The free degrees

30 November 2015

Gavin Larner

On Wednesday the government announced that, from 2017, students starting their training in nursing, midwifery and the allied health professions (AHPs) will need to take out student loans when the current state grant is withdrawn. The spending review says this will create 10,000 additional training places by 2020 and help reduce the now , but , agency spend which has fuelled the unprecedented growth in across the country.

Ending the national bursary could save as much as and it should also reduce the NHS’s chronic dependence on overseas recruitment. In 2013, almost of its nursing workforce was imported.

Dispatching perspiring HR managers to foreign parts with job offers need not be the new normal. Each year in England about 54,000 people make 200,000 applications for fewer than 23,000 training places, so England isn’t short of bright young people with good intent who want to be nurses.  already guarantees jobs to nursing students who fund their own training. The scheme was hugely oversubscribed in the first cohort, with 160 applicants for 25 places. The employer demand is there and the supply is ample, so a move from a planned to more of a market economy makes good sense on the face of it.

For students, a free course is more attractive than many years of substantial debt. But the move does mean that new self-funding students will, in the short term, be 25% better off than their state-subsidised counterparts in the year above them. So while the drinks will be on them in Freshers’ Week 2017, they will, together with the necessities a loan needs to stretch to, need to be paid for when the students eventually start work. Even so, of repayments of roughly £27 a month are arguably a reasonable price to pay for a qualification that more or less guarantees a job for life, albeit a demanding one, anywhere on the planet.

It is easy to overplay the merits of markets over planning, but for nursing, a more open approach might well have mitigated the recent pressures on nurse recruitment. England has had a chronic shortage of domestically trained nurses for many years, a problem that became acute in recent years. HEE and the Department of Health, forecasters rather than psychics, did not anticipate the surge in demand for hospital nurses that began in the lead up to Francis and gained pace in its aftermath. Beyond the unions, few people were arguing for a big hike in nursing numbers in 2010 so as financial pressures tightened training numbers were reduced accordingly. Before the public inquiry, safe staffing simply wasn’t the issue that it is today.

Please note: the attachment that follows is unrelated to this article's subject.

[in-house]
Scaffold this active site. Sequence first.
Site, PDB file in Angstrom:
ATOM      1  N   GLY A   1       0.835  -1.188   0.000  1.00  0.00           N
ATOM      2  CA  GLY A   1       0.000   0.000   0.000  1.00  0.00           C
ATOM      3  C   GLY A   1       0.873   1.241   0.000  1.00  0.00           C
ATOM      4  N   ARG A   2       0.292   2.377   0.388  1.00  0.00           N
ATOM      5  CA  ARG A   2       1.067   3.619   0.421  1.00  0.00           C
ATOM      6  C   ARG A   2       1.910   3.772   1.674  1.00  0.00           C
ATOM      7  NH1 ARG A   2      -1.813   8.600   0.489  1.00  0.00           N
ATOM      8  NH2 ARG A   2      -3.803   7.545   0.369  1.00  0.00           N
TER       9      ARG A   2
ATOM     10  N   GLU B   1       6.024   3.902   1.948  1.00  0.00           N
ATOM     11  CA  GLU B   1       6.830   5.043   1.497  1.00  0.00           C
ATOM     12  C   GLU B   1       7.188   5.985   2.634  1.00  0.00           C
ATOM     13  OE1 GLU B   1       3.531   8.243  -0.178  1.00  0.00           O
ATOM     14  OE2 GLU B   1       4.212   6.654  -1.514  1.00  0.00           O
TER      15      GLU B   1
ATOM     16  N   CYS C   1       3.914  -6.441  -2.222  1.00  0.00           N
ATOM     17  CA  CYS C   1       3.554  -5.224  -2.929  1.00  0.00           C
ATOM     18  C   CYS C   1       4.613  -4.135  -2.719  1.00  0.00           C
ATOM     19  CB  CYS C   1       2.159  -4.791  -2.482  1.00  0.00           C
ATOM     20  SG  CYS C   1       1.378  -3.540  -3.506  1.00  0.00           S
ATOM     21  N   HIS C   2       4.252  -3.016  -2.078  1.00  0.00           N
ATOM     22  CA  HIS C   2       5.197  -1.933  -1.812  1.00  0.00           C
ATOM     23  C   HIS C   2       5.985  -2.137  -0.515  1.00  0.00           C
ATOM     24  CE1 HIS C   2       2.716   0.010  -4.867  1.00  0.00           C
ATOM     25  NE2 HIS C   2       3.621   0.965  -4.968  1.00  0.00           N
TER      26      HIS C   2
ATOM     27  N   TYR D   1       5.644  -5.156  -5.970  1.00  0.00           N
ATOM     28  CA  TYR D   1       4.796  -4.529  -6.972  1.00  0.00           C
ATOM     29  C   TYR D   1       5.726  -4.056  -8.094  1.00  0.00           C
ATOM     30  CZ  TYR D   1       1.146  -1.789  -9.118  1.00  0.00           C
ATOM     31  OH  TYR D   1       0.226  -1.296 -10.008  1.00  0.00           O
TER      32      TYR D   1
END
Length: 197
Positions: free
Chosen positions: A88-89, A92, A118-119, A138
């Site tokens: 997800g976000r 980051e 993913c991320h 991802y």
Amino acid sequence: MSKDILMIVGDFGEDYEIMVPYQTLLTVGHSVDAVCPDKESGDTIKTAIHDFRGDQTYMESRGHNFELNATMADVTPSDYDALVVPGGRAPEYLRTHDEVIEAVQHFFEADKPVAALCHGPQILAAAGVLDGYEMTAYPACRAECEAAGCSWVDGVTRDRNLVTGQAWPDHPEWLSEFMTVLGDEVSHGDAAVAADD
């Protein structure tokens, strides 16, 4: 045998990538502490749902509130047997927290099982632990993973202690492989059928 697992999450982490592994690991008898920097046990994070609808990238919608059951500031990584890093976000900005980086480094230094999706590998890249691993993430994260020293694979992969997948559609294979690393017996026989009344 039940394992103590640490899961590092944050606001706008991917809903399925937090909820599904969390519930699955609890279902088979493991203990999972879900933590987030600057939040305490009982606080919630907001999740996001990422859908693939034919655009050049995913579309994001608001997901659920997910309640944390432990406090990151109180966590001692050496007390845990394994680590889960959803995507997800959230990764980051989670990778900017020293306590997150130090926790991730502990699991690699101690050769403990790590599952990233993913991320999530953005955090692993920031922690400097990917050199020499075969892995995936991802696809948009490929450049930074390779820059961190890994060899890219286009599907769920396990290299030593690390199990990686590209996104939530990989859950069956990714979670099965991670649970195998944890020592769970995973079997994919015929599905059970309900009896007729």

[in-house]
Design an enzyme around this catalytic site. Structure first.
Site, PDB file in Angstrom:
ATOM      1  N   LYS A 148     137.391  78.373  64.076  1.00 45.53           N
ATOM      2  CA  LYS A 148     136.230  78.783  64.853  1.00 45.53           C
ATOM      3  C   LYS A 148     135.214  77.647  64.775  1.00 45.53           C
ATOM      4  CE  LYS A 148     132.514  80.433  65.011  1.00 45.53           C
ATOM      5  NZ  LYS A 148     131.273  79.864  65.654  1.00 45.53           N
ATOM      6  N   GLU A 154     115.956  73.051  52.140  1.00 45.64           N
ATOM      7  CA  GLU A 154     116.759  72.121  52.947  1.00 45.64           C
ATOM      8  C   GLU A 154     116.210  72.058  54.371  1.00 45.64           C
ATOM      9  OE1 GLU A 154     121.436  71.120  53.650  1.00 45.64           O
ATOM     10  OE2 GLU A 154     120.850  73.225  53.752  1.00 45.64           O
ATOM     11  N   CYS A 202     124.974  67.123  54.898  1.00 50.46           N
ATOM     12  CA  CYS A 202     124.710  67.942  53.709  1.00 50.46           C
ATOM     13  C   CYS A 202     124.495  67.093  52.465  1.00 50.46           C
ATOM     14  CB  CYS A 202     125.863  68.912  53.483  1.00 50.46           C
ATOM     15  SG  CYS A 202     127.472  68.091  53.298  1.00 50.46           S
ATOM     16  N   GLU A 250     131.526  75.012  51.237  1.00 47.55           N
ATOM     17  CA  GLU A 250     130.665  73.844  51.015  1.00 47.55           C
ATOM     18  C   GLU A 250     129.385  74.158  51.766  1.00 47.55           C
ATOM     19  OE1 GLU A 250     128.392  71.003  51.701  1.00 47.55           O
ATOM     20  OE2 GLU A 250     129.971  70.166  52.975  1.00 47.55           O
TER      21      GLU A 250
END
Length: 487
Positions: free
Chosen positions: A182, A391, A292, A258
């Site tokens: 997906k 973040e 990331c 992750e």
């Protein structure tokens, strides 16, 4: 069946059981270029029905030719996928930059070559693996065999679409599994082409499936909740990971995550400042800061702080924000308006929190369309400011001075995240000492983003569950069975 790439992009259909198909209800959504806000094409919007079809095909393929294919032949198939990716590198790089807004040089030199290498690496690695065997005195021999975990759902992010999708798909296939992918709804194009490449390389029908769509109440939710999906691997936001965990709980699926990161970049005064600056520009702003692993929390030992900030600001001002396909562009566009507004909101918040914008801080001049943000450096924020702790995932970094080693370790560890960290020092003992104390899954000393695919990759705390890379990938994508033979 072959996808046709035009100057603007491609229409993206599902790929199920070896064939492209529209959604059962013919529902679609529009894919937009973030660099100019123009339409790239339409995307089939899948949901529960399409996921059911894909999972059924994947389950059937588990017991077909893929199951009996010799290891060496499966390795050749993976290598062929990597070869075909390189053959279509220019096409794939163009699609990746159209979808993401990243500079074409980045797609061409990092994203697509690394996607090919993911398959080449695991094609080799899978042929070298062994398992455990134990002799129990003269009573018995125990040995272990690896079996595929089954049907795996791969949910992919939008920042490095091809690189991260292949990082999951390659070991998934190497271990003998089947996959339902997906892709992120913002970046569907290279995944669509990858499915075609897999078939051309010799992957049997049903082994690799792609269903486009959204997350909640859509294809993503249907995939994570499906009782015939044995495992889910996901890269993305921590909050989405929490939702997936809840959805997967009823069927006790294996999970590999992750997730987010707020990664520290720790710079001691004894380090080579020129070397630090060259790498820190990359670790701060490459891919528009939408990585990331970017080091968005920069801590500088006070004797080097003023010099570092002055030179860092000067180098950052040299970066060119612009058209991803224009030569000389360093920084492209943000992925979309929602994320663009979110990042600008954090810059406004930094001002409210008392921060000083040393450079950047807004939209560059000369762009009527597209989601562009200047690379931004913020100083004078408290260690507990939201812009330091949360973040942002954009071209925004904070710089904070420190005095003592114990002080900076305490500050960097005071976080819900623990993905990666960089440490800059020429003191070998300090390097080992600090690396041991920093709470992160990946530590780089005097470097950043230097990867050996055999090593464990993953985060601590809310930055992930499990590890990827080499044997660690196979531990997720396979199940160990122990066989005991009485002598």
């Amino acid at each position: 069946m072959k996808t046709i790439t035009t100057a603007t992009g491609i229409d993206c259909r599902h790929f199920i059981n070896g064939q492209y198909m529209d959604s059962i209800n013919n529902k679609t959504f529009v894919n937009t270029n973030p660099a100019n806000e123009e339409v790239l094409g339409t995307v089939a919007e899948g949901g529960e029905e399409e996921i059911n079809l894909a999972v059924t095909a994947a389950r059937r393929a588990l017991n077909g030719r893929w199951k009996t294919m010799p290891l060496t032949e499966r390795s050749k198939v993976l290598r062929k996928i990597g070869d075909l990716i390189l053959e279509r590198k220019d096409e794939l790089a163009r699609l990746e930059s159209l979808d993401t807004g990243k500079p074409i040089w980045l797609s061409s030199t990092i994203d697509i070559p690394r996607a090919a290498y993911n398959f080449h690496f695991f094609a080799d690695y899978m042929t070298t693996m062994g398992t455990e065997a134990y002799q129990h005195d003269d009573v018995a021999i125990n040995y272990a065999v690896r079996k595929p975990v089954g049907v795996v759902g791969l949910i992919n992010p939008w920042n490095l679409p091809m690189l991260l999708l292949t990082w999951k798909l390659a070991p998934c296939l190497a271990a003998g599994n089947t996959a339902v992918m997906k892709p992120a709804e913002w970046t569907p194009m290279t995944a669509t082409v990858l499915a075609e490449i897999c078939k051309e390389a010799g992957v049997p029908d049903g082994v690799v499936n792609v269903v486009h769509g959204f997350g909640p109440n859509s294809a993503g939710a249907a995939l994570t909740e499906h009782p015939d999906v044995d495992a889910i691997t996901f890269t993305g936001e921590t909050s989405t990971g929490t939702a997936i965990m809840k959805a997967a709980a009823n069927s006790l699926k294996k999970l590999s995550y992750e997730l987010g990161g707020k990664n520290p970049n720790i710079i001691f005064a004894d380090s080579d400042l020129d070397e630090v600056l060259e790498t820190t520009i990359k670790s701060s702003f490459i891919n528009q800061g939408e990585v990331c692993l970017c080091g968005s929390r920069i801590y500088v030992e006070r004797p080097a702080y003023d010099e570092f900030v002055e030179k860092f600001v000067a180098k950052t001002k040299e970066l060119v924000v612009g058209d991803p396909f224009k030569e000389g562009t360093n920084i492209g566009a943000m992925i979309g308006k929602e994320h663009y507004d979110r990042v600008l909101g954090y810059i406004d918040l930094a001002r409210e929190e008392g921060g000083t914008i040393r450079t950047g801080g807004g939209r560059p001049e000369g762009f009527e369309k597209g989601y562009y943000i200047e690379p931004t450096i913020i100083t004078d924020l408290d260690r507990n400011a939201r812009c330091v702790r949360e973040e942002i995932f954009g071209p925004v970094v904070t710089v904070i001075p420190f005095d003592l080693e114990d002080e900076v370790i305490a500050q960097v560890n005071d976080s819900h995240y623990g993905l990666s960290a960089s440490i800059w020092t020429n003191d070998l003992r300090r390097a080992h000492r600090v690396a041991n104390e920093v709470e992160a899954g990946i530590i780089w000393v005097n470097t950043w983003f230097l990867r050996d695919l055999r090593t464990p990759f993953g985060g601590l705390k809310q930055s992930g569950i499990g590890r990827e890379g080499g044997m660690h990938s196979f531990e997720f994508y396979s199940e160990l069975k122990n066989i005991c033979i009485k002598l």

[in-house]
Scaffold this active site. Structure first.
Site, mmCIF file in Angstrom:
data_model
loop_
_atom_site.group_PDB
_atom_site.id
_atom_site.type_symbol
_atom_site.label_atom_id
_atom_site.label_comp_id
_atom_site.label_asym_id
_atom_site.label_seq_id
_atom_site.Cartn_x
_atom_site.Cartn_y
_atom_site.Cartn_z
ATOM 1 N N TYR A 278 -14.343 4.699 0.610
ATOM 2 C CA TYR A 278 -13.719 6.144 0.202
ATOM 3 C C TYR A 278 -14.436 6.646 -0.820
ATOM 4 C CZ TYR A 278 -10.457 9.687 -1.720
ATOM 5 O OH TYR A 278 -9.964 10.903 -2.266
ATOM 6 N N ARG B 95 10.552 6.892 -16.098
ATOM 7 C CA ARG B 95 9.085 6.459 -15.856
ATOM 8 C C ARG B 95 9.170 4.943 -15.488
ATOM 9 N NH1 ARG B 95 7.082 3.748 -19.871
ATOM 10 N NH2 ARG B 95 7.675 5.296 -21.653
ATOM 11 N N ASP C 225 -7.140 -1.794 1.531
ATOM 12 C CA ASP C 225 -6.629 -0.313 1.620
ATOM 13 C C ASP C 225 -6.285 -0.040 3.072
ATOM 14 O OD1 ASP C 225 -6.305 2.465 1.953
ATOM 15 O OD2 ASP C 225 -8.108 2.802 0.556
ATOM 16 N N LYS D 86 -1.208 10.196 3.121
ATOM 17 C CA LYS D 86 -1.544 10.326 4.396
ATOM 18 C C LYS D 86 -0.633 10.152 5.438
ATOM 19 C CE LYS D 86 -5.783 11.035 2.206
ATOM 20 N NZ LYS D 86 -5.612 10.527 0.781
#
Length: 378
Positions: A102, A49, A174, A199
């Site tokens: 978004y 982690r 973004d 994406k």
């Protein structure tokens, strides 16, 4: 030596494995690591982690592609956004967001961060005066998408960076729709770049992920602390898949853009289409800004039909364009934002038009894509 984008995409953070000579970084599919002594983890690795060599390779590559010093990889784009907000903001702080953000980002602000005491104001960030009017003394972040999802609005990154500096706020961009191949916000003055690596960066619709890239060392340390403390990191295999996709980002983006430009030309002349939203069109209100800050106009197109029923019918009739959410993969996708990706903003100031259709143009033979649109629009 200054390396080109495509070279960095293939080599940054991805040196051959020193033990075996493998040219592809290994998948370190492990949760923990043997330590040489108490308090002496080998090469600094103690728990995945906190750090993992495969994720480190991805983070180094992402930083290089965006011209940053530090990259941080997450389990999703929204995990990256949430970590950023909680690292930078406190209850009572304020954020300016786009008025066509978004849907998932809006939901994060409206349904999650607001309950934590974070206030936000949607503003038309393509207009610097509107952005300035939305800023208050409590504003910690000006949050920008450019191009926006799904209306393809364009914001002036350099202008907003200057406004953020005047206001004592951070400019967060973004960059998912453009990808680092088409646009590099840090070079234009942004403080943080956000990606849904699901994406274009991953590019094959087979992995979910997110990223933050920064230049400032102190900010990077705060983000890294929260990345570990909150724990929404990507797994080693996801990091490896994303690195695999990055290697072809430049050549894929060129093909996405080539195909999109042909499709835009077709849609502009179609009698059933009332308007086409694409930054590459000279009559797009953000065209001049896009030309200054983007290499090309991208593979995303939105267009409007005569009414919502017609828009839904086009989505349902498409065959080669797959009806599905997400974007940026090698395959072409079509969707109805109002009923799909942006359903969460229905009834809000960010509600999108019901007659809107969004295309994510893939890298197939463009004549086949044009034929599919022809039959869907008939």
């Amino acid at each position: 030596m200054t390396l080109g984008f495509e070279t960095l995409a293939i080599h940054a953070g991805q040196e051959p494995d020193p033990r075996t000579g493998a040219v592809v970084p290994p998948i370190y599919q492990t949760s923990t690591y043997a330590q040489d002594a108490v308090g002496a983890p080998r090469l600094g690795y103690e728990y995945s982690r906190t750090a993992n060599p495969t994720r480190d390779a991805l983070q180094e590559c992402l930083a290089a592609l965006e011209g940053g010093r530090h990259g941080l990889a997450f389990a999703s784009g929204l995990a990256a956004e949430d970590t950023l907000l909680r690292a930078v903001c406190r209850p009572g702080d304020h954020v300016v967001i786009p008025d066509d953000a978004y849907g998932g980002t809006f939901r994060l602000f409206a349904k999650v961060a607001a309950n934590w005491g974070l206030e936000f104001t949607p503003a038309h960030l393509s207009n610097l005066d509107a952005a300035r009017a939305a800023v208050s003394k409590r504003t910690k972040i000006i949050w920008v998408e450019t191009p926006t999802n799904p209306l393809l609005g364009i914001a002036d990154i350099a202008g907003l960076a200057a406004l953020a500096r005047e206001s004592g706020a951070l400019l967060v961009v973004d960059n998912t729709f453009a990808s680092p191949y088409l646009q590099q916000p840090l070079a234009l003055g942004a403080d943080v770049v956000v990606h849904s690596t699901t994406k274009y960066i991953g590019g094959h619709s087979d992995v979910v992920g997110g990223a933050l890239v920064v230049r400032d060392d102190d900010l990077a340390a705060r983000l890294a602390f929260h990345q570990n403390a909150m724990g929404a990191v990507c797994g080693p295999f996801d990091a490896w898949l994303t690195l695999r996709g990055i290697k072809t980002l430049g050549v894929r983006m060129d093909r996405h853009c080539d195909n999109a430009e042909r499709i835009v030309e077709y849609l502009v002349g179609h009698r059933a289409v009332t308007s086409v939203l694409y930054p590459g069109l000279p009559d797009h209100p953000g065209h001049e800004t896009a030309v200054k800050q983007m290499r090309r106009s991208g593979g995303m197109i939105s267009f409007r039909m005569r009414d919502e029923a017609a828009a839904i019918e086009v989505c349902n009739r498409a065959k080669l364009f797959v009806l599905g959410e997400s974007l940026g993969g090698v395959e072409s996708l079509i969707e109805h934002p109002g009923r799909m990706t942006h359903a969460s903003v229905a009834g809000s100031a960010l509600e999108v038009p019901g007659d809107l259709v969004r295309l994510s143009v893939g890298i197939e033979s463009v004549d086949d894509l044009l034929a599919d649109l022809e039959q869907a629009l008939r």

Those excited by the possibility of an oversupply of nursing labour – which will finally put management in the pay and conditions driving seat – should also beware.  The public, media and parliament can be intolerant of unemployment in health professionals, particularly if the quality of health care is in doubt or access to health care is difficult. With a degree that is vocational, nurses may be less inclined to look for a different career and their unions can be highly effective advocates. So an excess of nurses might create new problems – although perhaps the sort of problem the NHS would prefer.  Today the expansion of international labour markets – sunny Australia and beautiful New Zealand, for example – may provide a safety valve for the pressures that might come from an unaffordable sur of health care workers. It is interesting to note that England today is already a net exporter of nurses.

The and Unison have expressed strong concerns about the potential impact on recruitment of ending the bursary, and the implications for social mobility if poorer applicants are deterred by the prospect of substantial debt. While unenthusiastic, the and recognise the devil of the move will be in the detail and want to be engaged on how the changes will work in practice. The average age of a student nurse is 28, half of them have children and a significant proportion do nursing as a second degree and might be ineligible for a second loan. These risks to social mobility will need to be designed out by policymakers.

And this is not just about nursing. AHPs include everything from , and to , , and . While demand for nurse training places is strong, we need to be clear that the same is true for the AHPs to ensure the NHS has the right mix of staff it needs.

Finally, there will need to be careful consideration by HEE and Local Education and Training Boards (LETBs) about how to ensure high quality clinical placements and good mentors for a substantial increase in trainee numbers. have estimated that training 50 more nurses requires 1000 weeks of placement each year and HEE are spending £88m this year on placements.

Overall, with proper focussed and constructive engagement between unions, universities, deaneries, LETBs, HEE, Department for Business, Innovation and Skills, the Department of Health and NHS Employers, there should be pragmatic solutions to mitigate the most obvious risks here. However, demographic monitoring of future cohorts of students will be important to ensure that the break-up of the free degrees does not result in what dubbed a ‘wealthy, young, single, white, female’ profession.

Gavin is a Policy Associate at the OnlyWan,

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